Firing someone is never easy. Being fired from a position is also never easy. It’s important that as you go through the firing process, that you maintain perspective that the person in front of you is a living, breathing, intelligent, capable human being. They just may not be working out for you.

Evaluating employee performance.
As you go through this perspective check, there is a certain level of patience and allowing that you have to develop. Recognize that there is value in this human being, there is purpose, and there is inspiration. Even if they are being nasty to you, understand that they are being defensive and emotional because this job means something to them. Perhaps they may not have such a negative disposition when being fired. You may find them being grateful for finally being recognized that they are not doing well, and by your deciding they just need to go, you get to provide relief to them. They now get to go do something that they really love and are passionate about.

Many times we lose our perspective on firing employees because we confuse the fact that they are not working out well for us with the fact that we think that there is something wrong with them. As an employer who is looking to maintain a culture of respect and honor, I challenge you to create and uphold a different standard. Appreciate who they are. Be mindful not to confuse who they are with what they did or did not do for you.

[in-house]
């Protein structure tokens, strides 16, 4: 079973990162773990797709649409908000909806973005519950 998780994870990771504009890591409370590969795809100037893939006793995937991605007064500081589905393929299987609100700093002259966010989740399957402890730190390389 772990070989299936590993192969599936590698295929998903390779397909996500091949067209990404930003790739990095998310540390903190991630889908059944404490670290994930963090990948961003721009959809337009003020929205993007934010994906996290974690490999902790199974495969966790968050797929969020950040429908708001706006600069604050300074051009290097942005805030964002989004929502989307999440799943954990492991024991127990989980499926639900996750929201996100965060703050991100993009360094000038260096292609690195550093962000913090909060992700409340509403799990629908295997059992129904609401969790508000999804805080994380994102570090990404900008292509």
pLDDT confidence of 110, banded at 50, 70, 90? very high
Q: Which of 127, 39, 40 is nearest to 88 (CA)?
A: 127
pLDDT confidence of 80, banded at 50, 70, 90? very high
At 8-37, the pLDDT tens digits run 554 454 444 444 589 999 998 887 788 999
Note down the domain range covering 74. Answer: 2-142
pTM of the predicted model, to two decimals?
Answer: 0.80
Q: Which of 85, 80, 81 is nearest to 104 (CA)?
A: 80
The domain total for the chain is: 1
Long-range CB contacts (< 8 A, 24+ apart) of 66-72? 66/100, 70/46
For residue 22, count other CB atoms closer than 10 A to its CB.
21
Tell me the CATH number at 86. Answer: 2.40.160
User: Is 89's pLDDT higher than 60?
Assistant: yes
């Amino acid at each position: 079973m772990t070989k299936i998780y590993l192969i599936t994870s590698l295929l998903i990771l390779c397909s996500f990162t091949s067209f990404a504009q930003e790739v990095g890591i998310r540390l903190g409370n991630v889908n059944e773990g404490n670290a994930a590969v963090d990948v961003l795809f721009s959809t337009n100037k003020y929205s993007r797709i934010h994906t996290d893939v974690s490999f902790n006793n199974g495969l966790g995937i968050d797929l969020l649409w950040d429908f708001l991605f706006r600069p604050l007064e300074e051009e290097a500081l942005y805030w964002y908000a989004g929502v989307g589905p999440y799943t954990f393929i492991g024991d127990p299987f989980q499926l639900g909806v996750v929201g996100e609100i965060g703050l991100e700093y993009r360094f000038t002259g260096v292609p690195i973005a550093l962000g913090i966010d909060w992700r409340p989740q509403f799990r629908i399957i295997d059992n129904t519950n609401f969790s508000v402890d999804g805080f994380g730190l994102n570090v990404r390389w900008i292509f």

For me, maintaining that level of respect, regard and honor has led to exit interviews in which people are crying, hugging me, and thanking me for the ability evaluating employees to have worked with me as I take their keys.

Recognize that when someone is fired effectively, everyone wins. The former employee gets to be in line with some other opportunity while the business owner gets to understand their organization and their values more while not acting in any kind of desperation at the cost of the company’s culture.

With an effective firing, many times the employee will ask for their job back. If they have already been a cultural deficit, make sure to kindly say, “no.”

Author's Bio: 

Hugh Stewart is am not only a business coach; he is a business owner with extensive experience in a variety of industries. He has been involved in 17 businesses within the last ten years. Leveraging his knowledge of time and systems, and understanding of working with employees, partners, and contractors, he was able to take one business from $7 million a year in revenue to $44 million a year in revenue; all with only 13 employees and working only 10-12 hours a week.

He is the created of The Successful Business Partnership Creator course as well as co-author with Robert Shemin of The Magic Of High Quality Questions